Petition Launched on White House Website Calling on Government of Turkey to Open Border with Armenia for Syrian Refugees

By Taniel Koushakjian
FLArmenians Political Contributor

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Over the course of the last week, an Internet petition launched on the White House website has stirred emotions and reignited the debate surrounding Turkey’s nearly 20-year blockade of Armenia. In September 2011, the Obama administration launched “We the People” an online platform whereby American citizens can petition their government, a right enshrined in the First Amendment of US Constitution. According to the terms, a petition must reach 25,000 signatures within 30 days of its launch in order for it to receive a response from the administration. On January 15, the White House raised the signature threshold to 100,000 signatures. However, the new requirement applies only to new petitions and does not affect this petition.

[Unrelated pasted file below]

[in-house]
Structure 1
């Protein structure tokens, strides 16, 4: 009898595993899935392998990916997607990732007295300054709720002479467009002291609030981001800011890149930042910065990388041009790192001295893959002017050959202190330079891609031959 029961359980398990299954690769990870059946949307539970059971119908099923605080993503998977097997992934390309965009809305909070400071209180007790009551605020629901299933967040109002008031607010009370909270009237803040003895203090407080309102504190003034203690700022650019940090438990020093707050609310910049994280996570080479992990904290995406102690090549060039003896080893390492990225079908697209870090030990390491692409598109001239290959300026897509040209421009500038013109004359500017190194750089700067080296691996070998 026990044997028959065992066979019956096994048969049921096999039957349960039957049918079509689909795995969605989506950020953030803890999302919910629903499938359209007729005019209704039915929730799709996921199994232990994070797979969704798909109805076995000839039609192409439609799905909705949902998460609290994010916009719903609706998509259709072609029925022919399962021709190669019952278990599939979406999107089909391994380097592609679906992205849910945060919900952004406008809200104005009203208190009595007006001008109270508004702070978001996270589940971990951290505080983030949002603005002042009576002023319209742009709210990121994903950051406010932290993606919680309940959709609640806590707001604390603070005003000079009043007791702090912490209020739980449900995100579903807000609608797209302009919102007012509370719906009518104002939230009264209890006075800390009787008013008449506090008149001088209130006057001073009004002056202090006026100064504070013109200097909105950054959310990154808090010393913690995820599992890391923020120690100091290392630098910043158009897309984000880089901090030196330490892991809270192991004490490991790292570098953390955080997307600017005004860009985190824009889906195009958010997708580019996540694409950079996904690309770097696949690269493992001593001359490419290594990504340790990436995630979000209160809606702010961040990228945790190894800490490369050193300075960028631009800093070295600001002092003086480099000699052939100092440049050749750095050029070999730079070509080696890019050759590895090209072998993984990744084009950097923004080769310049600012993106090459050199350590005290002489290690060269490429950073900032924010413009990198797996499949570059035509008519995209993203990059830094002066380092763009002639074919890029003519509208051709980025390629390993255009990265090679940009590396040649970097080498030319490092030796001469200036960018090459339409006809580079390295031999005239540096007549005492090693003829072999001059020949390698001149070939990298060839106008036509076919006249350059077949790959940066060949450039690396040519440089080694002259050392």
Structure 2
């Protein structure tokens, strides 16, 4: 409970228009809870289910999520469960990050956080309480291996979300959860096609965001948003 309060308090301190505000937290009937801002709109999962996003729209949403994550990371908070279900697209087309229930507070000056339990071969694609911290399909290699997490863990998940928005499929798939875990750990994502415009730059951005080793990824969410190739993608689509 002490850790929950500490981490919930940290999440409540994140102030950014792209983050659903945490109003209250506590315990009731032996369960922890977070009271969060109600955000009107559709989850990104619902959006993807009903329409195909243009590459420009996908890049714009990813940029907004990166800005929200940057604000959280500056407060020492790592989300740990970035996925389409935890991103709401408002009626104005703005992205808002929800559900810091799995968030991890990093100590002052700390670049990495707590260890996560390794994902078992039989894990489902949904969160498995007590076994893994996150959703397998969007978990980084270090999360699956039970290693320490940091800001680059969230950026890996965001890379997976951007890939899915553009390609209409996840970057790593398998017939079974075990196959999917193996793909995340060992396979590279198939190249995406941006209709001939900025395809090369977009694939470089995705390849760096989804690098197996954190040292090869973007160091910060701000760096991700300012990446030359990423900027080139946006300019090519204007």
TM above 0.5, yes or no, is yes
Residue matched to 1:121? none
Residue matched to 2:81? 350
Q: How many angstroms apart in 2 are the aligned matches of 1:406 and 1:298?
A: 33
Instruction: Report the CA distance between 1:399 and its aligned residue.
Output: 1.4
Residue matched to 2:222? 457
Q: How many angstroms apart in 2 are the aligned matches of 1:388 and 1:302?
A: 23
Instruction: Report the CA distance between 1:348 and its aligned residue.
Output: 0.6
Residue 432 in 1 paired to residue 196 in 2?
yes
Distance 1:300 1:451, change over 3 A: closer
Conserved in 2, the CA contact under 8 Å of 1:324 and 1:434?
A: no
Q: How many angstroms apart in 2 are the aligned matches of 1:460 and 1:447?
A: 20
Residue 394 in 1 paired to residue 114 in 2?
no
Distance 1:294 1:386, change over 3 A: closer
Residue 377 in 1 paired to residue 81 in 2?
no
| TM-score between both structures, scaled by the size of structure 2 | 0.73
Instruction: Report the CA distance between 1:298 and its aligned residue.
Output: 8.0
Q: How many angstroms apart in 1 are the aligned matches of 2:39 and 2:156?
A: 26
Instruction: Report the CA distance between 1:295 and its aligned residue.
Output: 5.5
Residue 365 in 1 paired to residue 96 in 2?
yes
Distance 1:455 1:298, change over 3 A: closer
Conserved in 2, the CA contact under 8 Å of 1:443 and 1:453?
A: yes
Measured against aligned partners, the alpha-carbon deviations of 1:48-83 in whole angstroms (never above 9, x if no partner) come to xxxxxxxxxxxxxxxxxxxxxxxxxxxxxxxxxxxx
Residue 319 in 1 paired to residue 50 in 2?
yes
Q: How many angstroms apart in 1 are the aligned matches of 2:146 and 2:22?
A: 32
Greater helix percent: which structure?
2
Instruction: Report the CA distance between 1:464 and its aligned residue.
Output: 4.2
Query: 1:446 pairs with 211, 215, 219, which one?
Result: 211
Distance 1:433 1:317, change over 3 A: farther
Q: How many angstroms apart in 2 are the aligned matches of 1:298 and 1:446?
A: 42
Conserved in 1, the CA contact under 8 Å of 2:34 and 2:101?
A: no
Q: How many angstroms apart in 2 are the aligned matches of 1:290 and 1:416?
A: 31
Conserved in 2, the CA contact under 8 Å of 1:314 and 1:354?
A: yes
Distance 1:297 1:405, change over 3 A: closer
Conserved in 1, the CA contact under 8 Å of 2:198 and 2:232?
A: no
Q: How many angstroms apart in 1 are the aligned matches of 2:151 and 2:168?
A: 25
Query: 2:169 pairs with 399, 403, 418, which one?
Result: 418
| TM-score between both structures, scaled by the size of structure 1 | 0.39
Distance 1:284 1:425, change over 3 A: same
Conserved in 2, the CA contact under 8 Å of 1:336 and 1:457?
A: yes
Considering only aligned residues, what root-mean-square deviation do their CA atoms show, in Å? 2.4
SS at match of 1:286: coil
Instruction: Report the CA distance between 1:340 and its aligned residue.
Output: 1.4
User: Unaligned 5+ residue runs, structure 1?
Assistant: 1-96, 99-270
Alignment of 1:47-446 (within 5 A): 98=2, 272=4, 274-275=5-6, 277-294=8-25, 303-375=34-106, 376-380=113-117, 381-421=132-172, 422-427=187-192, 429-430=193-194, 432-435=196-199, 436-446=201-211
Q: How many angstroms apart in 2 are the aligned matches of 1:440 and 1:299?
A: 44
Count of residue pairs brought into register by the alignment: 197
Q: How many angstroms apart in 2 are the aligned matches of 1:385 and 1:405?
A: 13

[Click here to read the petition.]

The petition says that “There are 200,000 ethnic Armenians living in Syria and most of them want to escape to Armenia where they can feel safe, comfortable, find a job, a place to live and go to schools” and that the “road from Syria to Armenia goes through Turkey which closed its border with Armenia in 1993.” It concludes, “There shouldn’t be closed borders in the 21-st century.”